Wednesday, January 28, 2015
The movie I saw last week was one that I've been looking forward to for a very long time. I'm sure y'all could tell how much I enjoy a good biopic after my Selma review and my raves on that one movie about Abraham Lincoln a couple years ago. The Theory of Everything fits right up there with the list of top 10 biopics I have seen in my young 26 years. The movie was incredibly touching and, in my honest opinion, truly grasped the daily struggle and genius behind one of the greatest minds of the past century: Stephen Hawking.
The story revolves around the love shared between Jane and Stephen Hawking, which began early on during Stephen Hawking's time at Cambridge. Chemistry is a difficult thing to portray on screen, especially when it comes to a love story that is anything but average. You can't really fake it. It's incredibly important and even more difficult to find two actors that can make the viewers believe that the love they are portraying is real. Eddie Redmayne and Felicity Jones pulled it off. I was convinced with the beginning and the awkward nerdy courting; I was convinced with the marriage and struggle that began with the discovery of Hawking's ALS. Really, I was just convinced with it all. Felicity Jones, for sure, portrays for the viewers how difficult it would've been to be married to someone you essentially had to give all your energy. It was powerful and it resonated with me long after I left the theater. Redmayne and Jones sold the marriage in every way that they were needed to..the dating, the marriage, the struggle, the loss of love. ALL OF IT. AHHH LOVE.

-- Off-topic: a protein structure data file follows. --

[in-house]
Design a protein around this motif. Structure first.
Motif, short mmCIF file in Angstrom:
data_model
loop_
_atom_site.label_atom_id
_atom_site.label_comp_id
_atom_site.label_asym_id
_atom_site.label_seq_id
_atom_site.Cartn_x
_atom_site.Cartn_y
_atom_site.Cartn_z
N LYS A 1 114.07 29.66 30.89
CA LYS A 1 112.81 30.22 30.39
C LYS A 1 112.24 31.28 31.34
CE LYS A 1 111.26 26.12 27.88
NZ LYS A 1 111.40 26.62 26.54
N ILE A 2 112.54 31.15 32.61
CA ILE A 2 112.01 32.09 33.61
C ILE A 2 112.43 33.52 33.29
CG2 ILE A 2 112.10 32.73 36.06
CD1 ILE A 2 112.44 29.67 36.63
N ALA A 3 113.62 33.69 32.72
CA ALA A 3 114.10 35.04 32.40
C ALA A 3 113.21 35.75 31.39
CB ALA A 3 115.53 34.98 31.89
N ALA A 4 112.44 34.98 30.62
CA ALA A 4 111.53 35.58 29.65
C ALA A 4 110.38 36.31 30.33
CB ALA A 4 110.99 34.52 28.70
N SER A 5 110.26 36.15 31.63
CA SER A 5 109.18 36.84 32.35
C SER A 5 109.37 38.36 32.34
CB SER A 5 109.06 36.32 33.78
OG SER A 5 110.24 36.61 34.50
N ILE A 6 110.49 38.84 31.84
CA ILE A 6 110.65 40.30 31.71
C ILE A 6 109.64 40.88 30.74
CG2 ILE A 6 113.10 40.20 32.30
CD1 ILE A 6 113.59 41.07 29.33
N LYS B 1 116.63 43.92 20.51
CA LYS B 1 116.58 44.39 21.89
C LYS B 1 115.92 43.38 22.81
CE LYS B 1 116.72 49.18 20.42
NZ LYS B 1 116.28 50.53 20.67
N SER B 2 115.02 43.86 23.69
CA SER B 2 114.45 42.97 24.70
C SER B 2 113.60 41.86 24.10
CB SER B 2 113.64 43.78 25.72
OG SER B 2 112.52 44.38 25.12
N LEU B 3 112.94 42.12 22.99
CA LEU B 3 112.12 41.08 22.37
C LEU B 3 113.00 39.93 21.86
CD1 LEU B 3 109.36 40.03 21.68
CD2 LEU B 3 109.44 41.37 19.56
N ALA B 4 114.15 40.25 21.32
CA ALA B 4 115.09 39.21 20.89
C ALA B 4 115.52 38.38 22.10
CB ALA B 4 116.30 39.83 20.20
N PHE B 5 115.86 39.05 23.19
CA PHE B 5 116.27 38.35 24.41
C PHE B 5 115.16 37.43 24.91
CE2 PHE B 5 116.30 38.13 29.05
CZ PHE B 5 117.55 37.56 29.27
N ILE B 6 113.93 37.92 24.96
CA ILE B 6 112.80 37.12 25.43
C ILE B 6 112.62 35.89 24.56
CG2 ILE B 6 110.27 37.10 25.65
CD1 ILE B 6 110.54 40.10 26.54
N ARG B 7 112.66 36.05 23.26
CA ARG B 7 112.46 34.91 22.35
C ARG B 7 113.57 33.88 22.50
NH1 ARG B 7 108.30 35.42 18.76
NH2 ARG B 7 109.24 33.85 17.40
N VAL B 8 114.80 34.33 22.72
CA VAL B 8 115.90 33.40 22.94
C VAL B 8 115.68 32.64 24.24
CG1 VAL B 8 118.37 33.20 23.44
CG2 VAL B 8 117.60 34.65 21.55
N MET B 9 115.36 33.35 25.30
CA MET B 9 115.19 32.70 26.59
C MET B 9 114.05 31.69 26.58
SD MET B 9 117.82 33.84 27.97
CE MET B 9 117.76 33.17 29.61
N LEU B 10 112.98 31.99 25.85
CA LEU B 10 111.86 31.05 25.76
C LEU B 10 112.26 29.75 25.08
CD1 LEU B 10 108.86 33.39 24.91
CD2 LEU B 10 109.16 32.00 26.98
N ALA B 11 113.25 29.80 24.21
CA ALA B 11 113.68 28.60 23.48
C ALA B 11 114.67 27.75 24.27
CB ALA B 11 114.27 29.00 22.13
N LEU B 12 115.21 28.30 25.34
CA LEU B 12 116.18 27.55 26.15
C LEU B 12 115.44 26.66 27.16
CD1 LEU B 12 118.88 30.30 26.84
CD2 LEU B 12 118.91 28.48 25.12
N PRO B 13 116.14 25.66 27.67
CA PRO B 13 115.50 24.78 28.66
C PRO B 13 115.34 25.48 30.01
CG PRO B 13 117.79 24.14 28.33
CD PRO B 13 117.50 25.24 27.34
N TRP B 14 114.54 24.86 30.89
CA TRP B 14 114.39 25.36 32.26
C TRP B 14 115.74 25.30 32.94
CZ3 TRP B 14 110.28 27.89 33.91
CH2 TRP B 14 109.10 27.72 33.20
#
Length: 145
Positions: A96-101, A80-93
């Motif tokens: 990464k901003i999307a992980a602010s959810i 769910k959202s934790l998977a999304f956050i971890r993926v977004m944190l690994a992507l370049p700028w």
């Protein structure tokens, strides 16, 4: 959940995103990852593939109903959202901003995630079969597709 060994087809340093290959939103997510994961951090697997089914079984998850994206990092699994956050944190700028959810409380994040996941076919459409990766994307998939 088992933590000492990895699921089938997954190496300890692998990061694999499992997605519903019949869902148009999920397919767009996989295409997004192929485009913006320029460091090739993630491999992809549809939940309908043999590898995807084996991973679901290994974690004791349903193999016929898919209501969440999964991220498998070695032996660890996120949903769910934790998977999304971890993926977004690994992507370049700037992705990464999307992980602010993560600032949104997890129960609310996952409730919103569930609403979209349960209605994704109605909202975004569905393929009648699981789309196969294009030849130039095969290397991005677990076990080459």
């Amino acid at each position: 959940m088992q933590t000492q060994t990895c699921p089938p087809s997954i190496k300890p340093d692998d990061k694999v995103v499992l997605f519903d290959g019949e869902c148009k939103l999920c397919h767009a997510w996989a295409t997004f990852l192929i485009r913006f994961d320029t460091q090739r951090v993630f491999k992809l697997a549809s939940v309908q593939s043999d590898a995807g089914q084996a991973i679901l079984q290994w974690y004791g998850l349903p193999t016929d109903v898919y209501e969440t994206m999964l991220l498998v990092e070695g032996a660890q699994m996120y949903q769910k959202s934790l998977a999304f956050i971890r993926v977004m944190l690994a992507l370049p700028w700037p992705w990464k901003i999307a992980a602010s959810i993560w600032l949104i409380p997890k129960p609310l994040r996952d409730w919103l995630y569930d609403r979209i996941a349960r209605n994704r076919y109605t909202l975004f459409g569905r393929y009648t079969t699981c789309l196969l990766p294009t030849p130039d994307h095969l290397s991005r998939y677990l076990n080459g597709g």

This brings me to my next point: Eddie Redmayne's performance as Stephen Hawking is the best leading actor performance of any movie (that I've seen) during 2014. I've seen Jake Gyllenhaal in Nightcrawler. I haven't yet seen Michael Keaton for Birdman or Mr. Cumberbatch in the Imitation Game (that review will come tomorrow)...but I don't care. Redmayne absolutely should win the Best Actor Oscar for his incredibly difficult and amazingly beautiful grasp of the entire character of Hawking. He pulled it off. Keep in mind how difficult of a character Stephen Hawking would be to portray. Redmayne barely has any lines because Stephen Hawking can barely talk in real life. The whole performance relies on the subtle movements, the look in the eyes, all of that. Redmayne hit a home run here. It gave me chills. For example, take a look at a picture of Stephen Hawking and compare it to a picture of Eddie Redmayne as Stephen Hawking. Pay attention to the subtleties in the facial expressions...the lips...the eyes...all of it is just incredible.
Remember that THIS is the guy that played Marius in the Hollywood version of Les Miserables (not a horrible performance, but also not exactly memorable). What an incredible turnaround and breakout performance for Eddie Redmayne. Let's hope he keeps it up and we continue to see great performances from him. I love seeing new faces burst on to the scene like this. It keeps things fresh.
My last point about this movie...the scene that depicted Eddie Redmayne's diagnosis and when he fell to the ground after tripping at Cambridge...it LITERALLY made me cringe. I'm not a guy that loves hospitals. I have spent my fair share of time in the hospital and every time I enter one I get that nausea feeling that I remember from my early years. I have to struggle to not pass out. The scene in this movie with Hawking in the hospital brought about that same intense inner struggle. I really did have to look away. It was just hard to watch. To me, that's just another way that speaks to how well this movie tells the story of Stephen Hawking.